Icy Illinois Hero

Art of Hunting

Can you survive the wild?

November 20
Test your skill, luck, and resilience at Burpee Museum's Art of Hunting 

Humans have been surviving and thriving in North America for thousands of years, but they have not always had our modern luxuries. Before there were planes, trains, and automobiles, humanity had learned to hunt, communicate, and live using only the resources of the land around them. On this special event day, you can learn the habits humans used to survive, see the tools of the trade, and even try your own hand at hunting giant mammals as we explore life and culture thousands of years in the making. 

With interactive special exhibits, demonstrations presented by local indigenous people, and make-and-take activities located throughout the museum, Burpee will have engaging fun for all ages!

Time: 10-5pm

Pricing: $14 Adults | $12 Youth | FREE Children Under 3

Members are FREE!!

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What You Will Find:
Discover Card
old stone tools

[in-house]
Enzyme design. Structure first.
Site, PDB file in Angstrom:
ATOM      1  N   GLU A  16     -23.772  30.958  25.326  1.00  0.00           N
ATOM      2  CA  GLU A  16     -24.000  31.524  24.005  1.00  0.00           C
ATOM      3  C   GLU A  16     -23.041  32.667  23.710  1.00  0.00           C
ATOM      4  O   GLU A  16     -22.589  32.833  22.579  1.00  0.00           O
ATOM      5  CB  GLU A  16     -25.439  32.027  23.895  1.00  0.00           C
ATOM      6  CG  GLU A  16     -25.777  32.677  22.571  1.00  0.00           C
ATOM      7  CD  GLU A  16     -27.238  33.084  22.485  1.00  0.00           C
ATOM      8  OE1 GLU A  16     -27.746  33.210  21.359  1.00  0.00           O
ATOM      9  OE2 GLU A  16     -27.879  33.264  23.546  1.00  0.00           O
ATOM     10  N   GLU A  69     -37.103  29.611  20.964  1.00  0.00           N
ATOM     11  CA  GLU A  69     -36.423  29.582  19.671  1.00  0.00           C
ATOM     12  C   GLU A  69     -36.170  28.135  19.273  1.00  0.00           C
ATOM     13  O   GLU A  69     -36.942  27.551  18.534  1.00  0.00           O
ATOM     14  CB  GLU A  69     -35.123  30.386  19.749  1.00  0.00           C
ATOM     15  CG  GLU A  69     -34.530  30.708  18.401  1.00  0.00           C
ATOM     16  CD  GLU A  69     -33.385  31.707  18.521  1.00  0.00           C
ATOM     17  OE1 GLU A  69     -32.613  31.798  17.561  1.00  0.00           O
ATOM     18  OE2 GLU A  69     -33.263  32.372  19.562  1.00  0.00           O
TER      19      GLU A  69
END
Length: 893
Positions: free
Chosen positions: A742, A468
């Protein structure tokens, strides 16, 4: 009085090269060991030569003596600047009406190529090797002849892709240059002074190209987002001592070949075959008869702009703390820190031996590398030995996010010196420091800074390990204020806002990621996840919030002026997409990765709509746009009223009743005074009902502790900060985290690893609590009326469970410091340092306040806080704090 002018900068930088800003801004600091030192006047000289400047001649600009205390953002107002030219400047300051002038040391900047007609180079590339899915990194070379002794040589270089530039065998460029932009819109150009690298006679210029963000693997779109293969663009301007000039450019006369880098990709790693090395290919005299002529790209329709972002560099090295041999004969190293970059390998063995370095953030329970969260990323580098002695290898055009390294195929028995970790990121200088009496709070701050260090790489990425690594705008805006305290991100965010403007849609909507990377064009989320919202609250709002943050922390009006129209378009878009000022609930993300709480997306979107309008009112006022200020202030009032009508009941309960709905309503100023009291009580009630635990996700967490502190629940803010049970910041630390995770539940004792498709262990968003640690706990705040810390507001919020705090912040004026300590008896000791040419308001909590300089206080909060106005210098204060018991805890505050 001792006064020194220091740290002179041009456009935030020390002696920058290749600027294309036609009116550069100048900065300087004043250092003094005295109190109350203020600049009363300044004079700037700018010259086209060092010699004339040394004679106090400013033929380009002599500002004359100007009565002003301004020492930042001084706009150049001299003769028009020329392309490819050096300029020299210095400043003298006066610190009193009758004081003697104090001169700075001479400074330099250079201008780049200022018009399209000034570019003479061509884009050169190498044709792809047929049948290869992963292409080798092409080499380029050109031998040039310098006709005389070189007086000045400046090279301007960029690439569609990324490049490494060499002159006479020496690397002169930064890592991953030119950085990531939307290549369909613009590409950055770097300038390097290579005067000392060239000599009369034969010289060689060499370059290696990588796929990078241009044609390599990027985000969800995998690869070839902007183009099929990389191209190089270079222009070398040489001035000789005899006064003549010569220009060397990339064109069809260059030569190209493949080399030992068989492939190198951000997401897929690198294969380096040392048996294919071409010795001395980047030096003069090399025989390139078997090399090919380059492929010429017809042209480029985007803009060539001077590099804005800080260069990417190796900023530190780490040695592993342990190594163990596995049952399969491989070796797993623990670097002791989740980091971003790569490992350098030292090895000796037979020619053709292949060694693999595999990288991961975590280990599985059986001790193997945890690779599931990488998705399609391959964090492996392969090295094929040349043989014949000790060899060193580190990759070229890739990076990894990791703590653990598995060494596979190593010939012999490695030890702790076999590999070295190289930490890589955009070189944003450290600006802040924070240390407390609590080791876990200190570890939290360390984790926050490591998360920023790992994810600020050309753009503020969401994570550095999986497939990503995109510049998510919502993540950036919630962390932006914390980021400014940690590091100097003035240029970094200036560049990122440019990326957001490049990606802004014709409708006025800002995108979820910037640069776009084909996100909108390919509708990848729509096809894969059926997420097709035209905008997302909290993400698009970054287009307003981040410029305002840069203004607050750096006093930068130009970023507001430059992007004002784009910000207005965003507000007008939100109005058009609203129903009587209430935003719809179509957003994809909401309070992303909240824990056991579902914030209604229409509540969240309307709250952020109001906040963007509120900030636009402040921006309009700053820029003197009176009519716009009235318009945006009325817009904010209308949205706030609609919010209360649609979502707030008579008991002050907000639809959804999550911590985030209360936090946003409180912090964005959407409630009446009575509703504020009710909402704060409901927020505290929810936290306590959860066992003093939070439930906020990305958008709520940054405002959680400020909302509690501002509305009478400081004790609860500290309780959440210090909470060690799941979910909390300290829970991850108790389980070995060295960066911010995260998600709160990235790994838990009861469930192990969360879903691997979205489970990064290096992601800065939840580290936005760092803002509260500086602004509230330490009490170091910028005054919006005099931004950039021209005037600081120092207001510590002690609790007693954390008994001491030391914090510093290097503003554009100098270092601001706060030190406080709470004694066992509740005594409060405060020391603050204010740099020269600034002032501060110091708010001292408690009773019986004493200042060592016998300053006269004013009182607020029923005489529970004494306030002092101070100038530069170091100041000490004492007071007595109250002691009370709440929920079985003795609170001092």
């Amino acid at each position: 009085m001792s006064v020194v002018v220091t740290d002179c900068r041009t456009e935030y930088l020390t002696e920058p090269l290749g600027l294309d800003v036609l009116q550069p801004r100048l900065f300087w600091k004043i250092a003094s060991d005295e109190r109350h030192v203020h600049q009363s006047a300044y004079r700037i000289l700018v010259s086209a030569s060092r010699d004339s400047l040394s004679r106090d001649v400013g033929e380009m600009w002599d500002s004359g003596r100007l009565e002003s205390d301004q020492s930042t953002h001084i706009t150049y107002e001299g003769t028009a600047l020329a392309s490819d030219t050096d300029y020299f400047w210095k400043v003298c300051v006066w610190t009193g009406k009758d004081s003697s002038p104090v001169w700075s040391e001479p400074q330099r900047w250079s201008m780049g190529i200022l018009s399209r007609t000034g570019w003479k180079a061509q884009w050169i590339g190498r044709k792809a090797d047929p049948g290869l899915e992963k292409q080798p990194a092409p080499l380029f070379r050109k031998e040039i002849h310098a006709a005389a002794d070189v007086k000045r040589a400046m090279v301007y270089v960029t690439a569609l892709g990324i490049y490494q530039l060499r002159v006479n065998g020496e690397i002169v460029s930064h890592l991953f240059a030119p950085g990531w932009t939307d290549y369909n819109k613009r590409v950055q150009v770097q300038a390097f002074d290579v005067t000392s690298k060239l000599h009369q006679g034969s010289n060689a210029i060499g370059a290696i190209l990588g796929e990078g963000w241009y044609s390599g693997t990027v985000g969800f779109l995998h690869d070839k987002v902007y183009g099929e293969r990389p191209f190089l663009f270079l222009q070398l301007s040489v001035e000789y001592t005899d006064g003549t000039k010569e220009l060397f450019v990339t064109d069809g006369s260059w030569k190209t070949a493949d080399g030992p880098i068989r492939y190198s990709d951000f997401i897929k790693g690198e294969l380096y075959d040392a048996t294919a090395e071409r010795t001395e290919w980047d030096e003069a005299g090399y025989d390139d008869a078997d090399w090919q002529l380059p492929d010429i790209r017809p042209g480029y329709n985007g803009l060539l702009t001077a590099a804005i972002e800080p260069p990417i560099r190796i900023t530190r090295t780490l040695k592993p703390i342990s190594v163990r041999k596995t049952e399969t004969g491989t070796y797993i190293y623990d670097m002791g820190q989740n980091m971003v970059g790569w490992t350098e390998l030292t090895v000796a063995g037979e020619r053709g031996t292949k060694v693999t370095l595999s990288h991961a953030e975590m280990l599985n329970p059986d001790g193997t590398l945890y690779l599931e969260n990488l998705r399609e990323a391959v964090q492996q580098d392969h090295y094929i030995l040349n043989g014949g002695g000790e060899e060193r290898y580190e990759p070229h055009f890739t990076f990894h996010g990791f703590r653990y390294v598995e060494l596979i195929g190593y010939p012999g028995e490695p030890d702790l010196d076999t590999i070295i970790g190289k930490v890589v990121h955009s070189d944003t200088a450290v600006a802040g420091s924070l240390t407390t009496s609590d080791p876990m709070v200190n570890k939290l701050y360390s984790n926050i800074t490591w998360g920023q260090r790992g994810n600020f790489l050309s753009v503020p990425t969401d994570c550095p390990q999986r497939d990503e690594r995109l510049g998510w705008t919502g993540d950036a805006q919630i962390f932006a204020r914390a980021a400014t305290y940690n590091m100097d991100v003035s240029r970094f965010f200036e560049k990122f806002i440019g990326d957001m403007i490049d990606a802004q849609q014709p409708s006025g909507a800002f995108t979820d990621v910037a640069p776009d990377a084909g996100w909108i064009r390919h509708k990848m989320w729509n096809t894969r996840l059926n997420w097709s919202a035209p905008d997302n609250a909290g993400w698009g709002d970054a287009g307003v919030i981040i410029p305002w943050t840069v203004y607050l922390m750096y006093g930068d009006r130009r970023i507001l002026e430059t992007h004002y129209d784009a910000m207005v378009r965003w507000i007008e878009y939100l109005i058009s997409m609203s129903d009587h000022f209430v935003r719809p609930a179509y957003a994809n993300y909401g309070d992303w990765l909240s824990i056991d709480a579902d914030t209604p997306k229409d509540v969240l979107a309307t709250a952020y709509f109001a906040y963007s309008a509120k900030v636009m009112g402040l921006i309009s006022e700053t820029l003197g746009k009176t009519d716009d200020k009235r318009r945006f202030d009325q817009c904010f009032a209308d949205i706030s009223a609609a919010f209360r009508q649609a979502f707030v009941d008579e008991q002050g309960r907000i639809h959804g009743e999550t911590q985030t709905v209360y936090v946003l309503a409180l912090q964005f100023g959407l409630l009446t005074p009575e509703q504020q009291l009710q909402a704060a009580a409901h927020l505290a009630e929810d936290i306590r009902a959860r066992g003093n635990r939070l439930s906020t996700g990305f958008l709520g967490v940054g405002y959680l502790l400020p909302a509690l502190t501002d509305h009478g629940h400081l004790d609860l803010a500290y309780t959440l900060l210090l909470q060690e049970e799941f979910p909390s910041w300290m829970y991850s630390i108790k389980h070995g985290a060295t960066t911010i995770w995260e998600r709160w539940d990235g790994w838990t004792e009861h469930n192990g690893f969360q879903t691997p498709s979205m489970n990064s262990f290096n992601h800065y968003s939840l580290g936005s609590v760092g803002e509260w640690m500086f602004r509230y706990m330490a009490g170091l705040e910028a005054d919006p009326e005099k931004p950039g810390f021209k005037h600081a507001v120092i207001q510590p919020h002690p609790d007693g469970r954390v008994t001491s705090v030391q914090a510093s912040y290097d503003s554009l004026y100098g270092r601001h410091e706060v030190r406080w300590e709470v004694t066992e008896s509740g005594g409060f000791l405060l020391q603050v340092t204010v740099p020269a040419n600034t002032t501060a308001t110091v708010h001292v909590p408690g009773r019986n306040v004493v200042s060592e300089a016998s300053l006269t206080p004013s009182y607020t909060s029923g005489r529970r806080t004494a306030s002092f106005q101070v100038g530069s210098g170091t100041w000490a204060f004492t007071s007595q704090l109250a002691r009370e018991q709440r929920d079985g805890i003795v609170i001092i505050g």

Stone Axe

Flintknapping created weapons and tools used for daily life, including stone axes. Axes could be used to cut down trees or farming!

Art of Hunting Demo
Hands On Activities

Meet various ambassadors of technique to try your hand at different hunting tools.

Indian Lore
Projectile Points

Stone tools used for hunting are called projectile points, not just arrowheads. This is because not all projectile points were used as arrows- Some were instead used with spears!

What Animals were hunted?

Humans have been living in North America since the Pleistocene and are known to have hunted large mammals like mammoths!

Mammals of Illinois
White Tail Deer

The white tailed deer, like many other animals, were important because the meet could feed multiple family members, their pelts used for clothes, and their bones could be used for tools.

Ceremonial demonstration
Demonstrations by Indigenous People

Learn history and view demonstrations, music, and dance passed from elders in the community